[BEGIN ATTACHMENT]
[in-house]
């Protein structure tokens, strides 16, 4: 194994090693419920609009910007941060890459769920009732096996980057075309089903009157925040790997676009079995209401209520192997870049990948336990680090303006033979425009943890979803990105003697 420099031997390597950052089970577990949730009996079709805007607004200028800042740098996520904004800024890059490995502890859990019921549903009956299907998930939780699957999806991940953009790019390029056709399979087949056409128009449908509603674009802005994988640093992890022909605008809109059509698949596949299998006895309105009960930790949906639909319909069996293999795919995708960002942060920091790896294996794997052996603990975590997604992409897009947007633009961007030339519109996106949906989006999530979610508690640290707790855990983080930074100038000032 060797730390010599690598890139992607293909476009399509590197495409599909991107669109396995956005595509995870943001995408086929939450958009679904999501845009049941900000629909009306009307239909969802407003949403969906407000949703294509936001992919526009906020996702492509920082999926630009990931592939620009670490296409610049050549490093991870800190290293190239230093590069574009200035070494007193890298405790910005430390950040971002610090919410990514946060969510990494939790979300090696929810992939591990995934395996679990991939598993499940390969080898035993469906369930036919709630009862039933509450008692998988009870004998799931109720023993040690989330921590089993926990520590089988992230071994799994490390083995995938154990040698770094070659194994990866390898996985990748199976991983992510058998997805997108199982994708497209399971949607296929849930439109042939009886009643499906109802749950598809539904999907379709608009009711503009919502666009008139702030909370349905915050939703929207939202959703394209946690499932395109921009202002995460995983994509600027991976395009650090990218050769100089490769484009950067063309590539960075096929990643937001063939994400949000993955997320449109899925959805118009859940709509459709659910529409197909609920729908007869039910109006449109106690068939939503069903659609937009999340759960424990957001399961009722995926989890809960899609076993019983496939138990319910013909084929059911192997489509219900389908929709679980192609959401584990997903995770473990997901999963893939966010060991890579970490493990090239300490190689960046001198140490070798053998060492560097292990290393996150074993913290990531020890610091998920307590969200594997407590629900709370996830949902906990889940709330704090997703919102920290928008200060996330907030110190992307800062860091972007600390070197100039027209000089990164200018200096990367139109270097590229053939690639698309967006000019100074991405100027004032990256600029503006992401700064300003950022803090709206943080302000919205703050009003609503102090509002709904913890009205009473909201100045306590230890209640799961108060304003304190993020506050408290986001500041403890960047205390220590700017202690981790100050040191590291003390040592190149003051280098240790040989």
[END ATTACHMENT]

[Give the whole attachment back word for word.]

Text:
[in-house]
């Protein structure tokens, strides 16, 4: 194994090693419920609009910007941060890459769920009732096996980057075309089903009157925040790997676009079995209401209520192997870049990948336990680090303006033979425009943890979803990105003697 420099031997390597950052089970577990949730009996079709805007607004200028800042740098996520904004800024890059490995502890859990019921549903009956299907998930939780699957999806991940953009790019390029056709399979087949056409128009449908509603674009802005994988640093992890022909605008809109059509698949596949299998006895309105009960930790949906639909319909069996293999795919995708960002942060920091790896294996794997052996603990975590997604992409897009947007633009961007030339519109996106949906989006999530979610508690640290707790855990983080930074100038000032 060797730390010599690598890139992607293909476009399509590197495409599909991107669109396995956005595509995870943001995408086929939450958009679904999501845009049941900000629909009306009307239909969802407003949403969906407000949703294509936001992919526009906020996702492509920082999926630009990931592939620009670490296409610049050549490093991870800190290293190239230093590069574009200035070494007193890298405790910005430390950040971002610090919410990514946060969510990494939790979300090696929810992939591990995934395996679990991939598993499940390969080898035993469906369930036919709630009862039933509450008692998988009870004998799931109720023993040690989330921590089993926990520590089988992230071994799994490390083995995938154990040698770094070659194994990866390898996985990748199976991983992510058998997805997108199982994708497209399971949607296929849930439109042939009886009643499906109802749950598809539904999907379709608009009711503009919502666009008139702030909370349905915050939703929207939202959703394209946690499932395109921009202002995460995983994509600027991976395009650090990218050769100089490769484009950067063309590539960075096929990643937001063939994400949000993955997320449109899925959805118009859940709509459709659910529409197909609920729908007869039910109006449109106690068939939503069903659609937009999340759960424990957001399961009722995926989890809960899609076993019983496939138990319910013909084929059911192997489509219900389908929709679980192609959401584990997903995770473990997901999963893939966010060991890579970490493990090239300490190689960046001198140490070798053998060492560097292990290393996150074993913290990531020890610091998920307590969200594997407590629900709370996830949902906990889940709330704090997703919102920290928008200060996330907030110190992307800062860091972007600390070197100039027209000089990164200018200096990367139109270097590229053939690639698309967006000019100074991405100027004032990256600029503006992401700064300003950022803090709206943080302000919205703050009003609503102090509002709904913890009205009473909201100045306590230890209640799961108060304003304190993020506050408290986001500041403890960047205390220590700017202690981790100050040191590291003390040592190149003051280098240790040989």